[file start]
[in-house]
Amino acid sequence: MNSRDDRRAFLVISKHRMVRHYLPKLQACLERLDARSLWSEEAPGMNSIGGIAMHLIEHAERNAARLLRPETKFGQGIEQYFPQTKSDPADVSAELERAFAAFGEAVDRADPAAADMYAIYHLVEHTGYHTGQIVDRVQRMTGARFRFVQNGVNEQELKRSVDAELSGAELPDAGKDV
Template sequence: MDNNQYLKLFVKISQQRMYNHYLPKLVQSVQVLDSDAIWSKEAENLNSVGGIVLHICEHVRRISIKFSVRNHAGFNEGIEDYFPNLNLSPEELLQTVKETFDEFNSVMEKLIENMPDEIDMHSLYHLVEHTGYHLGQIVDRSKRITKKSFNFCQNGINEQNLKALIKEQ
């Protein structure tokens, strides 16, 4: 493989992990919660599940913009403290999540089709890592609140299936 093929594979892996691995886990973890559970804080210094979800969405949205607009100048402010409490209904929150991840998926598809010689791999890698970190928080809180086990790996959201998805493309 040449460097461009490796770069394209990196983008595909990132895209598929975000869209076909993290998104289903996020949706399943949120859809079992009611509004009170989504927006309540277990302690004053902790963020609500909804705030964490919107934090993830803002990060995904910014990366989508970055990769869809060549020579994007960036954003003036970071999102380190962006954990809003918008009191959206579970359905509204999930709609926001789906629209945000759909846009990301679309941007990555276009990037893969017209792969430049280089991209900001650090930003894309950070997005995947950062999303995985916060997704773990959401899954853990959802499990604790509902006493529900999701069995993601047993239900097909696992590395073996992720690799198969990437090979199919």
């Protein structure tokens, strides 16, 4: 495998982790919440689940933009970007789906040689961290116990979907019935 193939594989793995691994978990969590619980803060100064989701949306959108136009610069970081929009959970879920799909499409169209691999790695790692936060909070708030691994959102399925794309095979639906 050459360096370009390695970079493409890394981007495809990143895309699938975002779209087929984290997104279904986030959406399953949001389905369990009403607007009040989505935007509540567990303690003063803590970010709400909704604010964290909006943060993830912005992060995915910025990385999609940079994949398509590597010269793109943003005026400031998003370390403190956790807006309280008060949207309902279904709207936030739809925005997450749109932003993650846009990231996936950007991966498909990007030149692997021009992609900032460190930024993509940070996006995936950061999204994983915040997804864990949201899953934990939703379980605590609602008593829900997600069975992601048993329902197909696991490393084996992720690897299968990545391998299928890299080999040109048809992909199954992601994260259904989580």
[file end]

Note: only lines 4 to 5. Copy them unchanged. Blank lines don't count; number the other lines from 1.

């Protein structure tokens, strides 16, 4: 493989992990919660599940913009403290999540089709890592609140299936 093929594979892996691995886990973890559970804080210094979800969405949205607009100048402010409490209904929150991840998926598809010689791999890698970190928080809180086990790996959201998805493309 040449460097461009490796770069394209990196983008595909990132895209598929975000869209076909993290998104289903996020949706399943949120859809079992009611509004009170989504927006309540277990302690004053902790963020609500909804705030964490919107934090993830803002990060995904910014990366989508970055990769869809060549020579994007960036954003003036970071999102380190962006954990809003918008009191959206579970359905509204999930709609926001789906629209945000759909846009990301679309941007990555276009990037893969017209792969430049280089991209900001650090930003894309950070997005995947950062999303995985916060997704773990959401899954853990959802499990604790509902006493529900999701069995993601047993239900097909696992590395073996992720690799198969990437090979199919």
């Protein structure tokens, strides 16, 4: 495998982790919440689940933009970007789906040689961290116990979907019935 193939594989793995691994978990969590619980803060100064989701949306959108136009610069970081929009959970879920799909499409169209691999790695790692936060909070708030691994959102399925794309095979639906 050459360096370009390695970079493409890394981007495809990143895309699938975002779209087929984290997104279904986030959406399953949001389905369990009403607007009040989505935007509540567990303690003063803590970010709400909704604010964290909006943060993830912005992060995915910025990385999609940079994949398509590597010269793109943003005026400031998003370390403190956790807006309280008060949207309902279904709207936030739809925005997450749109932003993650846009990231996936950007991966498909990007030149692997021009992609900032460190930024993509940070996006995936950061999204994983915040997804864990949201899953934990939703379980605590609602008593829900997600069975992601048993329902197909696991490393084996992720690897299968990545391998299928890299080999040109048809992909199954992601994260259904989580």